NCPA - National Center for Policy Analysis

Nationwide Study: High Marks For Homeschoolers

June 9, 1997

The number of children being home schooled in the United States today exceeds the combined public school enrollment of 41 of the states, and totals an estimated 1.23 million. Thus the number of home school students nationwide is about equal to public school enrollment in Georgia or New Jersey, ranked 9th and 10th in size, respectively.

In what is reportedly the largest, most comprehensive study on home schooling, researchers surveyed 5,402 home school students from 1,657 families for the 1994-95 and 1995-96 academic years. Among their findings:

  • Home educated students, on average, outperformed public school students across all subjects by 30 to 37 percentile points on nationally normed standardized achievement exams.
  • Homeschoolers\' test scores tend to increase the longer they are home schooled, going from the 59th percentile for those home schooled for one year to the 92nd percentile for those home schooled for seven years.
  • Test scores of students whose parents had ever held a teaching certificate were only 3 percentile points higher than those whose parents hadn't -- in the 88th percentile versus the 85th percentile.
  • And whether their mothers held a college degree or did not complete high school, the children's scores remained between the 80th and 90th percentile.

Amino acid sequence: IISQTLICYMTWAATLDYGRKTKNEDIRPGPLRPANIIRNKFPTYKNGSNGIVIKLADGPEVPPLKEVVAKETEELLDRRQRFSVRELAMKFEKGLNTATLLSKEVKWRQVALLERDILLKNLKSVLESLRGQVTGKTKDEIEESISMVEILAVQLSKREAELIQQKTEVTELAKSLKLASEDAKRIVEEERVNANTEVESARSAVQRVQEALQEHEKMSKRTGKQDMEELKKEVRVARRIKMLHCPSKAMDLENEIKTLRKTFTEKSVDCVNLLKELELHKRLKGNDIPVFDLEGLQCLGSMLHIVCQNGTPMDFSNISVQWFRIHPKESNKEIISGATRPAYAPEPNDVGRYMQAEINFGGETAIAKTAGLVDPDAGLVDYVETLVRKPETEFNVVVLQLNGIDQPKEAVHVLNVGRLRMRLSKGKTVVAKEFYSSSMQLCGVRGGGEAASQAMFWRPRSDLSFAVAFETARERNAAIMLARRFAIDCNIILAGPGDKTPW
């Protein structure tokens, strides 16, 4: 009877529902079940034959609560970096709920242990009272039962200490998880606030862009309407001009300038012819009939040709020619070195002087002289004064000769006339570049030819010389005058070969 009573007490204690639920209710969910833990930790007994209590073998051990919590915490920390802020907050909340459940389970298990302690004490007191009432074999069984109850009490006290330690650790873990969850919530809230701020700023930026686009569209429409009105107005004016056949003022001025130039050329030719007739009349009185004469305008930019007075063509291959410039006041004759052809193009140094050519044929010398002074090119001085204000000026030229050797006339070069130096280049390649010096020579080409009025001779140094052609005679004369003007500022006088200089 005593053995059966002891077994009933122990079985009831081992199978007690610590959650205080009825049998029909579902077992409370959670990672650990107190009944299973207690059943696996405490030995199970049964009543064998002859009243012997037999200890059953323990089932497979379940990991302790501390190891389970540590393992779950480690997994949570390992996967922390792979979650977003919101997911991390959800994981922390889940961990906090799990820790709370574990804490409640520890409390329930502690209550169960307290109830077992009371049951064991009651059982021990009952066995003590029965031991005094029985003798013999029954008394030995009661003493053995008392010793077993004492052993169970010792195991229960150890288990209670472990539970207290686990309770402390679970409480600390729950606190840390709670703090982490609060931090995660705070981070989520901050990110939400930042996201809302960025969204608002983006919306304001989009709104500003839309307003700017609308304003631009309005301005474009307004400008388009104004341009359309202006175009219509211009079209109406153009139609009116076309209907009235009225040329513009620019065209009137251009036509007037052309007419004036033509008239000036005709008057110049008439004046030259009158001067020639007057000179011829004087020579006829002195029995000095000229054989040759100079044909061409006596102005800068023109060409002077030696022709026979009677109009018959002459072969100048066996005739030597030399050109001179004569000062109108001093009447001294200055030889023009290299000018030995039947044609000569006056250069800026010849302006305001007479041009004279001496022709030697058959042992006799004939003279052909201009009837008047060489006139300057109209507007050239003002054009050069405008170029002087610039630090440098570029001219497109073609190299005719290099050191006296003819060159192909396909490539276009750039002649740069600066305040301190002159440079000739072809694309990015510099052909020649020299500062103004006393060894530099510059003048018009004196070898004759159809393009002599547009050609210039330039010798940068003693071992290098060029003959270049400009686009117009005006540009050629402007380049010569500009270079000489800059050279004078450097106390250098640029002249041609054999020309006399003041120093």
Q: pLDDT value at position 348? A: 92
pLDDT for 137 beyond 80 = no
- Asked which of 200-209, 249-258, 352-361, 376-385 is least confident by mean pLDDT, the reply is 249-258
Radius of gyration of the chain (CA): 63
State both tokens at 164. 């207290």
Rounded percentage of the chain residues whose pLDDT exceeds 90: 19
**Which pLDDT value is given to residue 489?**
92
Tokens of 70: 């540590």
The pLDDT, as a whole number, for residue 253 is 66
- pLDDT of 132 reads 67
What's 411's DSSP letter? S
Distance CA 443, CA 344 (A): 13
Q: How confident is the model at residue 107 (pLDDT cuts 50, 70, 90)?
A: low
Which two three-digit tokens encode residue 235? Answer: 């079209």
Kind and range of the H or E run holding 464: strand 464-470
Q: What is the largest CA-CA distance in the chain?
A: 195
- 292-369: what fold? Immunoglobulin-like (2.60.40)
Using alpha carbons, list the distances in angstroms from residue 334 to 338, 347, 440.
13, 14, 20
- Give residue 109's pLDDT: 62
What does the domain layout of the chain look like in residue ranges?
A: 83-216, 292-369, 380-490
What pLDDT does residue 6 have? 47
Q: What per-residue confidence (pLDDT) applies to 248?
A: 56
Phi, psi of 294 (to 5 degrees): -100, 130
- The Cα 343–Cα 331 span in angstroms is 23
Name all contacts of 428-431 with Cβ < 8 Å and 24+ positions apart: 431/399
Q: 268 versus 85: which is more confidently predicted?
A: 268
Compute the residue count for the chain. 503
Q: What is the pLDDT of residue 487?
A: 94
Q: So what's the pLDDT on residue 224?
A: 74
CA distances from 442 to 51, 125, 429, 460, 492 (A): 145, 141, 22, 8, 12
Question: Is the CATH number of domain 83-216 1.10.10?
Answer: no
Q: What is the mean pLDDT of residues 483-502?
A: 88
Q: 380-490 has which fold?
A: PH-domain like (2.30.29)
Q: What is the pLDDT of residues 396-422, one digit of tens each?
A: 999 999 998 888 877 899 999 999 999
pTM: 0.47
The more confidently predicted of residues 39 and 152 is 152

By comparison, a parent's level of education does affect children's performance in public schools. For instance, in 8th grade math, public school students whose parents are college graduates score at the 63rd percentile, whereas students whose parents have less than a high school diploma score at the 28th percentile.

Remarkably, students taught at home by mothers who never finished high school score a full 55 percentile points higher than public school students from families with comparable education levels.

Home schooling parents reported an average cost of $546 per year, not counting foregone wages; whereas the average per-pupil expenditure by public schools was $5,325, excluding capital costs.

Source: Brian Ray, "Strengths of Their Own -- Home Schoolers Across America: Academic Achievement, Family Characteristics, and Longitudinal Traits", National Home Education Research Institute, P.O. Box 13939, Salem, OR 97309, (503) 364-1490.

 

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